Kim Jong Un’s huge portraits of Putin plastered all over his HQ walls are revealed – as he gives Shoigu a tour before gorging on wine and lobster
- The North Korean leader was hosting a banquet at his Pyongyang headquarters
- Kim and Shoigu have held talks this week showing the country’s support for war
Kim Jong Un decorated his headquarters with huge portraits of Russian president Vladimir Putin while hosting the country’s defence minister Sergei Shoigu.
The North Korean leader hosted a banquet on Thursday evening for the visiting Russian defence delegation at the Central Committee of the Workers’ Party headquarters in Pyongyang.
Bizarrely, a large portrait of Putin was seen in the background as Kim and Shoigu walked together down a corridor on their way to the banquet.
The Russian leader’s face was seen looming over the pair from a wall opposite a second portrait of the North Korean dictator, as shown by images released by North Korea’s official Central News Agency (NKCA) on Friday.
In extraordinary scenes, a giant picture of the two leaders shaking hands also overshadowed the banquet hall as the officials sat down to gorge on wine and lobster.
Kim Jong-Un (left) has decorated his residence with huge portraits of Russian president Vladimir Putin while hosting the country’s defence minister Sergei Shoigu (centre)
The North Korean leader hosted a banquet on Thursday evening for the visiting Russian defence delegation at the Central Committee of the Workers’ Party headquarters in Pyongyang – and were overlooked by a giant portrait of Putin
The united image of the leaders shaking hands was taken during their meeting in Vladivostok, Russia in 2019.
The parade followed meetings between Kim and Shoigu this week that demonstrated North Korea’s support for Russia’s invasion of Ukraine.
Shoigu’s visit is the first by Moscow’s top defence official since the 1991 break-up of the Soviet Union.
READ MORE: Kim Jong-un gives Sergei Shoigu a tour of North Korea’s arsenal of ICBMs as Russian defence chief looks for new weapons
The meetings have added to suspicions that North Korea is willing to supply arms to Russia, whose war efforts have been compromised by defence procurement and inventory problems.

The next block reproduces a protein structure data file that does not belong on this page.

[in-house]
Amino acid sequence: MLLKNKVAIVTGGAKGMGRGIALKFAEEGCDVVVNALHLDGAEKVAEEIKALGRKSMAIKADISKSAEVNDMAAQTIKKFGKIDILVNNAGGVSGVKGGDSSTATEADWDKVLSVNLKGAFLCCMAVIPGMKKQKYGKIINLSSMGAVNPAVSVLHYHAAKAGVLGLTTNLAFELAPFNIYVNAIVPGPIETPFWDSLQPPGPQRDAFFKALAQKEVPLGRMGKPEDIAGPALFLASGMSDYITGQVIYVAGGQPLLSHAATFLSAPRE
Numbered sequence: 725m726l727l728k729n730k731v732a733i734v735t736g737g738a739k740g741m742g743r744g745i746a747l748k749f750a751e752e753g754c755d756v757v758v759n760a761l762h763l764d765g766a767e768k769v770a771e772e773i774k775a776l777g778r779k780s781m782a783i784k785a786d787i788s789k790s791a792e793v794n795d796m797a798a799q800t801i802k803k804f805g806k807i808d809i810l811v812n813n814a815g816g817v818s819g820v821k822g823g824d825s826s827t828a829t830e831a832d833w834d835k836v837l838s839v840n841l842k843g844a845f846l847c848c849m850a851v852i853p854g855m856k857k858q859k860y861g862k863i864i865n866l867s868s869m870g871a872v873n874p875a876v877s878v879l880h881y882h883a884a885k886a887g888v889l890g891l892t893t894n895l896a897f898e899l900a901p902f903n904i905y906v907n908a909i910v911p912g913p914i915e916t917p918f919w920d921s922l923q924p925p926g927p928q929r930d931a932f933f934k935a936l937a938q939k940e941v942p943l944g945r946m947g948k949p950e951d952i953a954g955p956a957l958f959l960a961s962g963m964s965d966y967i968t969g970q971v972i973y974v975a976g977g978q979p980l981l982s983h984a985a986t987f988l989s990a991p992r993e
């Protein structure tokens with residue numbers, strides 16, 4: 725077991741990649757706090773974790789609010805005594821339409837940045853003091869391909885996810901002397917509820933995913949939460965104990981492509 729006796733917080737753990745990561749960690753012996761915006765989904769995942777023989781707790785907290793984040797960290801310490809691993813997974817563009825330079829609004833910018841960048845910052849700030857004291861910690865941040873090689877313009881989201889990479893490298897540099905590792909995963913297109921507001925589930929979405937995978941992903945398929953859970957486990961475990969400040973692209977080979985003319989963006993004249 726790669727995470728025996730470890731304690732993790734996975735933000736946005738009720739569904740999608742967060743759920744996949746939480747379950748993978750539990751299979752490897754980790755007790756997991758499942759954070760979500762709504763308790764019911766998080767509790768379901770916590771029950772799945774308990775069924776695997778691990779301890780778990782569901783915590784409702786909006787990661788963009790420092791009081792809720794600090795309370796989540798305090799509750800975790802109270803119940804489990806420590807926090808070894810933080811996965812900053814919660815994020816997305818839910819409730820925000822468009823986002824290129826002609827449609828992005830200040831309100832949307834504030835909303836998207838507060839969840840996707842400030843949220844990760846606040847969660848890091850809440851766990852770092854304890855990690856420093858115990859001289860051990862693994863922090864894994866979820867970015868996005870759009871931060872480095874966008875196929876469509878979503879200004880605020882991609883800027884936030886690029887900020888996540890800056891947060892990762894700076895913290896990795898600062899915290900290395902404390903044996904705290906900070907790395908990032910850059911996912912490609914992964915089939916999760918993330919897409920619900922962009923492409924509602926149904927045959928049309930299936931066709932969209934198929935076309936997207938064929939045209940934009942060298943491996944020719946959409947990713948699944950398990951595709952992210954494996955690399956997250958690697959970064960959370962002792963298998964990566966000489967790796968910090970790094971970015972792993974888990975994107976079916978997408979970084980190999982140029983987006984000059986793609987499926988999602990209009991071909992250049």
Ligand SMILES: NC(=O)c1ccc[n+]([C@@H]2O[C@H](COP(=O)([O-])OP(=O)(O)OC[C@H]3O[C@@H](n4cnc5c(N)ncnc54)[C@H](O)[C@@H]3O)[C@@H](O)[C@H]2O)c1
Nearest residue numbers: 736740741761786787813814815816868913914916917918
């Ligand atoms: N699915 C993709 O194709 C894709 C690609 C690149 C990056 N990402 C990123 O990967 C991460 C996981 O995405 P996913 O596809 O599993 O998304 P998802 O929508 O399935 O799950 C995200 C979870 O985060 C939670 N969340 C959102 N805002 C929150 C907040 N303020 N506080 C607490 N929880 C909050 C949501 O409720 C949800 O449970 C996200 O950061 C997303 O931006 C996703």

North Korean state media also highlighted a message sent by Russian President Vladimir Putin, who thanked Kim for ‘firmly supporting’ his war efforts in Ukraine.
Putin said that interests between Moscow and Pyongyang were aligning as they counter the ‘collective West in its policy to stand in the way of establishing a genuinely multipolar and just world order,’ according to the Kremlin’s version of the letter.
Kim also held a luncheon and dinner banquet for Shoigu and his delegation following a second day of talks about expanding the countries’ ‘strategic and tactical collaboration and cooperation’ in defense and security, the North’s official Korean Central News Agency said.
‘Given Russia’s need for ammunition for its illegal war in Ukraine and Kim Jong Un’s willingness to personally give the Russian defence minister a tour of North Korea’s arms exhibition, UN member states should increase vigilance for observing and penalizing sanctions violations,’ said Leif-Eric Easley, a professor at Ewha University in Seoul.
He added: ‘China’s representation at North Korea’s parading of nuclear-capable missiles raises serious questions about Beijing enabling Pyongyang’s threats to global security.’
A giant picture of the two leaders shaking hands also overshadowed the banquet hall as the officials sat down to eat
The extraordinary images of the decor were released by North Korea’s official Korean Central News Agency (KCNA) on Friday. Pictured in the background are Putin and Shoigu
Kim Jong-Un and visiting Russian defence minister Sergei Shoigu (left) had a picture of Putin behind them as they headed to the banquet hall
Pictures showed the official meeting between Kim and the Russian defence minister